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Thread: Footstep seed planting technique - GIF

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    Jon
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    Footstep seed planting technique - GIF

    Footstep seed planting technique.




    Previously:

    Plant trellis stringing tool - GIF
    Paperpot chain-fed rapid planter - GIF, video, photos
    Rice planting machine GIF
    Potato planter GIF

  2. The Following 5 Users Say Thank You to Jon For This Useful Post:

    Andyt (01-12-2019), oldpastit (01-12-2019), PJs (01-12-2019), rlm98253 (01-11-2019), Seedtick (01-11-2019)

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    ranald's Avatar
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    How soft, fryable & aerated is that. looks almost perfect for sowing some types of seed.Obviously good method for whatever they grow.

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    The Japanese are great rototillers of their farmland. If you take a close look at their low hp (kW) tractors, you'll see the gears are such they can spin the rototiller multiple times while traveling at incredibly low rates of speed. I don't recall the exact numbers, but they spin a lot while traveling little. This leads to such friable soil.

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    It looks like rice but the next section has what looks like maize/corn : wouldn't think of those as companions. Interesting that there are quite a lot of Pinus in the area probably to stabalise and avoid salinity. Nothing much grows well under pines due to the chemicals released from needles ;somewhat like Eucalypts, Corymbias & Cinamomon sp. etc, but as they are sentinel like ,dont thake up much ground space. It is a shame that in 100 years of farming we have done more damage to the planet using chemicals (fertilizer etc) than the previous 1000's years using manures & hand work.

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    PJs
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    I agree in principle but we have gone from a population of 300m to 7b in that 1000 years...feeding that many with foot setting seeds probably wouldn't work. I do think humans could use more barefoot time in the dirt though. I absolutely do agree we should be more discerning with how we manage the soil and crops. I'm not much for GMO stuff either and Distributions could be handled better, imho. Our Mississippi river is a mess from all the run off from the food belt and its heading out to sea.

    PJ
    ‘‘Always do right. This will gratify some people and astonish the rest.’’
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    Yep, but it was a German scientist, in around 1860, that published a paper on NPK in fertilizer: if my horticultural brain memories recall correctly. The whole world went nuts producing chemical versions of the combination. The only one to question the formula was the scientist who published the data, as companies all over the planet were too busy making money from it & researching better ways(cheaper) to develop it. He later posted another paper that mentioned TRACE elements but these were hard to measure. It was basically ignored until more recent times.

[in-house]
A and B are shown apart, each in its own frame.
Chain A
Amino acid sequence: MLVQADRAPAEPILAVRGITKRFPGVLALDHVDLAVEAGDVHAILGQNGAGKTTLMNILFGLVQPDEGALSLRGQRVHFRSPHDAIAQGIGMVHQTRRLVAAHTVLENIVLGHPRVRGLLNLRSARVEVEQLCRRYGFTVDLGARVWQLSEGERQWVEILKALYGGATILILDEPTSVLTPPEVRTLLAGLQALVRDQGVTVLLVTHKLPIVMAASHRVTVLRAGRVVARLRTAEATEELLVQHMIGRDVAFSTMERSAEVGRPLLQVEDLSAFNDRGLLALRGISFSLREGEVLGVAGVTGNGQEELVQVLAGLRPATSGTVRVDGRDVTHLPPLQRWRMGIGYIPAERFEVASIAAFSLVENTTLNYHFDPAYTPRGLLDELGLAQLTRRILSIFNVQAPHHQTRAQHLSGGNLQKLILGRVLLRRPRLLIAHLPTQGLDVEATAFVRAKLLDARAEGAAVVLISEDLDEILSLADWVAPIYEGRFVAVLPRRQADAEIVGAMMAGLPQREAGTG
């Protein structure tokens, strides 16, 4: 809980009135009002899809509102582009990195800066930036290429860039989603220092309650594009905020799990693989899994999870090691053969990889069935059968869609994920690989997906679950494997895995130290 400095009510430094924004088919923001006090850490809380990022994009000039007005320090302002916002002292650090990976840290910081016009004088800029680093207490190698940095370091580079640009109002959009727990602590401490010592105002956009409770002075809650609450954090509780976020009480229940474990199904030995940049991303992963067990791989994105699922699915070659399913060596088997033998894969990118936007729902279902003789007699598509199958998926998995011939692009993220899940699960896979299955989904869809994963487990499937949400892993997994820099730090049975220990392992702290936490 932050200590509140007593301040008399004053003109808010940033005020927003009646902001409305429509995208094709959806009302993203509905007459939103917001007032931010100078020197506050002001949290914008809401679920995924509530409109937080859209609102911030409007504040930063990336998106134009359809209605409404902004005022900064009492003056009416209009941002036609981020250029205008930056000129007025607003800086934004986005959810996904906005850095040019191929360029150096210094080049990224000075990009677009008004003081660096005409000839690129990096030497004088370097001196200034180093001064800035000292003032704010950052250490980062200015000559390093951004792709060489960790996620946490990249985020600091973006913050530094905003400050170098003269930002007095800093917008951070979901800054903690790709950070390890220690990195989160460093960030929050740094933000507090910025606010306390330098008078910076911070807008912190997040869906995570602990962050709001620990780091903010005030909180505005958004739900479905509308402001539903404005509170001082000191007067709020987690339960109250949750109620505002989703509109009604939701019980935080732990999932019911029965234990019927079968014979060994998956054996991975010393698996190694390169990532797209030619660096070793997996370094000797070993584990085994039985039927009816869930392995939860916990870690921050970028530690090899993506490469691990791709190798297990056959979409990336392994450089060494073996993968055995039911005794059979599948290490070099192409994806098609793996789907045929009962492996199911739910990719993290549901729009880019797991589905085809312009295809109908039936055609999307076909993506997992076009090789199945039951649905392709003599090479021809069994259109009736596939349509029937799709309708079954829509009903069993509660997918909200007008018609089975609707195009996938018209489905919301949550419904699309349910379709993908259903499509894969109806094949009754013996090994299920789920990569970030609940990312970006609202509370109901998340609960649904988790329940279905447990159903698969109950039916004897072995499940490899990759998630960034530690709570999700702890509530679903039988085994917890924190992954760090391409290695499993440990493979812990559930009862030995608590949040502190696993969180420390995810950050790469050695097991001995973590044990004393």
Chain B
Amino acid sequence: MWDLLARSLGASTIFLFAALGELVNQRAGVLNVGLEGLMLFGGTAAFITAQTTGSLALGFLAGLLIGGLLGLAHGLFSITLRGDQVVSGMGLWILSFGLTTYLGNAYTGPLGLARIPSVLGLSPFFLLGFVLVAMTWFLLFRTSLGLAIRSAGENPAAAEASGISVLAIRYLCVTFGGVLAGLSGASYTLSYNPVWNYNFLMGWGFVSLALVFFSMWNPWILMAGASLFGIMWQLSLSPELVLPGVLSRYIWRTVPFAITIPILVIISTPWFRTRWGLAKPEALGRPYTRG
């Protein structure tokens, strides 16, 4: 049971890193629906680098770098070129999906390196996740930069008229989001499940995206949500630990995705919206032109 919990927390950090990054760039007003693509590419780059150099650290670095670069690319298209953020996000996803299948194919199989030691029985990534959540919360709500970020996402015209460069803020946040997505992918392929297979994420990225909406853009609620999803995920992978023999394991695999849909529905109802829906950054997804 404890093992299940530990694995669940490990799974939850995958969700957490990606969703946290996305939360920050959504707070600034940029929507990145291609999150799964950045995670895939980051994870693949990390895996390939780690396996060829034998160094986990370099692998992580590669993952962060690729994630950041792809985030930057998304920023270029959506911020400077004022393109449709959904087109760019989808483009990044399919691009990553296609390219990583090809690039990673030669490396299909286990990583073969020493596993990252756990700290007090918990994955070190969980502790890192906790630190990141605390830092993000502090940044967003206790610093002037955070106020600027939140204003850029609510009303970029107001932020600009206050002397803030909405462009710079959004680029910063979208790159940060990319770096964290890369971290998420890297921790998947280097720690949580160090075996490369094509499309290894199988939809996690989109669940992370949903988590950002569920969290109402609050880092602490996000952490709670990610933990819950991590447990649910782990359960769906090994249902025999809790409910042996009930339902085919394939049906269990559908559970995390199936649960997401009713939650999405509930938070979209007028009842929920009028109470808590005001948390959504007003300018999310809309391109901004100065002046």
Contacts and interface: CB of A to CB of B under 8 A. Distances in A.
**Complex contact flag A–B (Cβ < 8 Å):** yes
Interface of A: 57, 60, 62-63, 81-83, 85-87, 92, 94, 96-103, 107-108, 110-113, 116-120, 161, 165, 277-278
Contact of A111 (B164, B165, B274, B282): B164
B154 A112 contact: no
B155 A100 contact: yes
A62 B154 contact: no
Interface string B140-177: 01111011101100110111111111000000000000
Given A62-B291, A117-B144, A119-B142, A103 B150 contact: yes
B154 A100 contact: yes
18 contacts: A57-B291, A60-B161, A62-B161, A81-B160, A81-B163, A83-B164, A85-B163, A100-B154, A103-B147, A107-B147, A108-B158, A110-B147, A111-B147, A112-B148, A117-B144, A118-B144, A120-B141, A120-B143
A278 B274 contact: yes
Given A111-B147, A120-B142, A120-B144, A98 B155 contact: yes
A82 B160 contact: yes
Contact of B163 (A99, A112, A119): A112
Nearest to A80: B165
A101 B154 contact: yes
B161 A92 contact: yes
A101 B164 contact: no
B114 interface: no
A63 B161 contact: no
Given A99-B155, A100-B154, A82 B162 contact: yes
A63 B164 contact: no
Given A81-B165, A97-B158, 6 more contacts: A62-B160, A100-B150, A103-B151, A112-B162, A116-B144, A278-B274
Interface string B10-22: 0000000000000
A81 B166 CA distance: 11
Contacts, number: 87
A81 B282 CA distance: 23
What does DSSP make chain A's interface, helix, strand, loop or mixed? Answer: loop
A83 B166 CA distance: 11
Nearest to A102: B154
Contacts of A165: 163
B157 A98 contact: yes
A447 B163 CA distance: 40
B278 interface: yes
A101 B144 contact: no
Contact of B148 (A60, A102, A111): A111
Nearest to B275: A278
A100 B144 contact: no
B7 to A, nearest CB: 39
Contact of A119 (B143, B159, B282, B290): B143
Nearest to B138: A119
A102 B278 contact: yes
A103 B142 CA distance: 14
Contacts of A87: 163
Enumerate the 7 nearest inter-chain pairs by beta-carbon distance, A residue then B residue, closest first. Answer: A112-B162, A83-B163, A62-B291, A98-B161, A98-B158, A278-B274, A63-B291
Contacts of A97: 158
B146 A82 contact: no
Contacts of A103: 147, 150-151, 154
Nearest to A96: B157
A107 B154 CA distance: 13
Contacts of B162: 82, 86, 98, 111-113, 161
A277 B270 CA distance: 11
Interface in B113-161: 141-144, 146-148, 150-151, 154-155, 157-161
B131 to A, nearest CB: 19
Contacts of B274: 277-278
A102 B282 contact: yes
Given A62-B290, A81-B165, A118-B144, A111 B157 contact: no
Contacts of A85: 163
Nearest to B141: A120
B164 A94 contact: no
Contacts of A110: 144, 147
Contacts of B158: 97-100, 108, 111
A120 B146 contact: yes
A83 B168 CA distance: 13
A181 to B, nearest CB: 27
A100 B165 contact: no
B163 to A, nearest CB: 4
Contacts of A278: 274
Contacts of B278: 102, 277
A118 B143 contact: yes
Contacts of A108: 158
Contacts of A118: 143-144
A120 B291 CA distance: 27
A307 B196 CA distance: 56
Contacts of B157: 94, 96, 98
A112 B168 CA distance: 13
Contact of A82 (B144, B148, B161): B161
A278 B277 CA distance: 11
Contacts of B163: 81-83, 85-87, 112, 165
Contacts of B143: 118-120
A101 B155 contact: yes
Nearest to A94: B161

I imagine the population in around his time, 1860, the worlds population was about 1B. which is only about 15% of todays pop. If we hadn't greedily rushed in, a better solution may well have been reached. All hypothetical I know. We love to use Urea/ nitrogen as a quick fertilizer for leaf growth esp crops like sugar cane however it has the same -ve charge as Earth resulting in only about 8% being retained and the remainder leeching to our rivers & into the atmosphere & the ocean.

    I've fished around pristene looking streams where cane is grown & the crabs & fish taste like something of the order of Kerosene (not that I have drunk it).This taste was similar to fish in the Brisbane river before the Council started earnest investigation into "trade waste" & those avoiding proper disposal (1970's).

    It is a good thing we are learning & some of us taking notice & even some extremests that most of us think are mad.

    Nature is surely wonderful.

    sorry I don't remember the German scientists name.

    cheers

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    PJs
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    Thanks Ranald for the history...didn't know that about the early papers but there have been plenty published since...and imho, it still comes down to feeding billions and making $billions. The more souls to feed the more we get stuck in that loop of "Whatever the cost to the planet".

    I'm a big Catfish fan for years but when they started pond growing them...Yuck...but I wouldn't eat any wild unless it was from up in the mountains somewhere that I caught. Also when I was up in Cairns I had a Blue Crayfish which I thought were from Florida. It was dinosaur narly looking but tastey, just an interesting shade of unnatural blue (Procambarus alleni). It made me wonder is it nature or what.

    Hopefully we finger it out before we move on to Soilent Green times.
    ‘‘Always do right. This will gratify some people and astonish the rest.’’
    Mark Twain

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    Our salt water green catfish are ok to eat. the brownish ones are not worth the bother but the freshies from flowing streams are delicious but scarce.

    There has been trials for farming fish but some cost more in feeding than is viable. Our Tassie southeners are doing well with salmon. Hope they find other viable sp. before the oceans are recked.


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